Dave Whyte drives the smallest Renault in petrol and diesel form.
Renault cars have been on sale in Australia for longer than I have been breathing, and while they have maintained a presence here, the volumes have always been low.
Over the last couple of years however, with a new range of vehicles and a new team to lead the marketing push, things have changed. In fact, Renault recently celebrated a milestone, having cracked one thousand units sold in Australia within a month for the first time. While most of these sales were passenger cars, the commercial market has played a big role in the rise of Renault, with the Kangoo and Master models performing well in a strong market.
The Renault Kangoo range is the smaller of the Renault commercials, and is available in three body styles – the short wheelbase, the long wheelbase Maxi, and the Crew. While the short wheelbase is only available with a petrol engine, it does come with the choice of manual or automatic transmissions. The Maxi and Crew variants are both diesel powered, but only come with a manual gearbox. The driveline choices may seem a little restricted, but in reality they cater for the market nicely, as I found out while driving them recently.
Renault was kind enough to give Delivery the keys to two Kangoo models over the last couple of weeks, the first being the short wheelbase model (SWB) with the 1.6-litre petrol engine and four-speed auto transmission. On first impressions the SWB model is quite compact, but the reality is that the interior space is well utilised, and the load space is large.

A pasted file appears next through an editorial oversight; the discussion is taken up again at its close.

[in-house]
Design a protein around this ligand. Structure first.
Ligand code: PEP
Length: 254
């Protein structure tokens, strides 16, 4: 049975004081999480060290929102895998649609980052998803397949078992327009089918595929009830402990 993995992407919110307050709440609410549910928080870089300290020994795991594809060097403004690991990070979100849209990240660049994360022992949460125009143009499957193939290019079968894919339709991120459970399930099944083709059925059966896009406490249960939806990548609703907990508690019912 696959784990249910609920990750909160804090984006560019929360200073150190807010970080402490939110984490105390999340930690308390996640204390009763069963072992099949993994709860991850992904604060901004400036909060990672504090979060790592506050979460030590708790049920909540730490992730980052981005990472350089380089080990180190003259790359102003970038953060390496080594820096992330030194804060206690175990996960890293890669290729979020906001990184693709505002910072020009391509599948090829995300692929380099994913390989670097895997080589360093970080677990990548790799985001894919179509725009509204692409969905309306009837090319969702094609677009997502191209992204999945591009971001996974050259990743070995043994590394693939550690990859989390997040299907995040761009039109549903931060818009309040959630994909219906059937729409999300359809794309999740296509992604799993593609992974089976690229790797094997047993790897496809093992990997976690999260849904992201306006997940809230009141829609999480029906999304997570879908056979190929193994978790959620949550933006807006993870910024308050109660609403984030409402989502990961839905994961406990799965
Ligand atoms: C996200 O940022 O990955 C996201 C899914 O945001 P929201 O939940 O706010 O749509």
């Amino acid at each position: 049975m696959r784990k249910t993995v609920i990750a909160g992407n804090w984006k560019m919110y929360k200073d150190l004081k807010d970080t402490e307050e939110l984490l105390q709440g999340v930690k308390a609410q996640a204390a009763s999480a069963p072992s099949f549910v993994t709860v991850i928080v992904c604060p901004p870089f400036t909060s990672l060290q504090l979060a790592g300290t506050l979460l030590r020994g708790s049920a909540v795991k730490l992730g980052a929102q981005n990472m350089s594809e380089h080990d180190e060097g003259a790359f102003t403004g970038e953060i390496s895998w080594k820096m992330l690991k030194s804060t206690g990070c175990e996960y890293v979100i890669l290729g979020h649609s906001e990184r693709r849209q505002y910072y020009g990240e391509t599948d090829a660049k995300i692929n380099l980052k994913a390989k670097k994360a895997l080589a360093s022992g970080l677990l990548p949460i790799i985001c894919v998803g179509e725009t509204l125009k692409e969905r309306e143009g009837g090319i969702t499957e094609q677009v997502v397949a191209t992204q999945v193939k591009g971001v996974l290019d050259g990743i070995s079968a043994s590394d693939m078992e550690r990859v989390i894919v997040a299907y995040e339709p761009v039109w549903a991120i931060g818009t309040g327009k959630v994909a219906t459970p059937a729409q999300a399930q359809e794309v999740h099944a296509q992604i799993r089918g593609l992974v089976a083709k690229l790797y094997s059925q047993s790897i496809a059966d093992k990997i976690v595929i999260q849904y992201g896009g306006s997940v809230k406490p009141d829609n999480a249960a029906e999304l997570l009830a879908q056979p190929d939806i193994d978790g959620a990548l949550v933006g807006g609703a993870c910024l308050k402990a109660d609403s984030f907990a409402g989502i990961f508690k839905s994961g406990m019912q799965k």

The cabin is well laid out, with individual seats for the driver and passenger separated by a centre console. The seats are very comfortable, with plenty of legroom on both sides to add to comfort levels.
The base model as tested has manual controls for the heater and air con, which do a great job of maintaining the temperature throughout the whole van. There was no bulkhead between the seats and the load area on our test unit, with only a tubular frame behind the driver’s seat to stop any freight moving forward, so the heater had to earn its money heating the whole space. A full bulkhead is available as an option to separate the cabin from the load area.
Accessing the load area is easy, with sliding doors on both sides, and the choice of barn doors or lift-up tailgate on the rear. With three cubic metres of space available, room between the wheel arches for a standard pallet, and a payload capacity of over 600 kg, this is certainly a very practical little van.
From the driver’s seat it doesn’t feel like a commercial vehicle, with car-like handling and great vision all around. It is also very nimble, with the short wheelbase contributing to a tight turning circle and making manoeuvring easy in restricted spaces. On the topic of tight spaces, you might have noticed the black bumpers and manually operated mirrors on the SWB. This is in response to customer feedback, and reduces the replacement cost and fitting time of those parts that are more frequently damaged.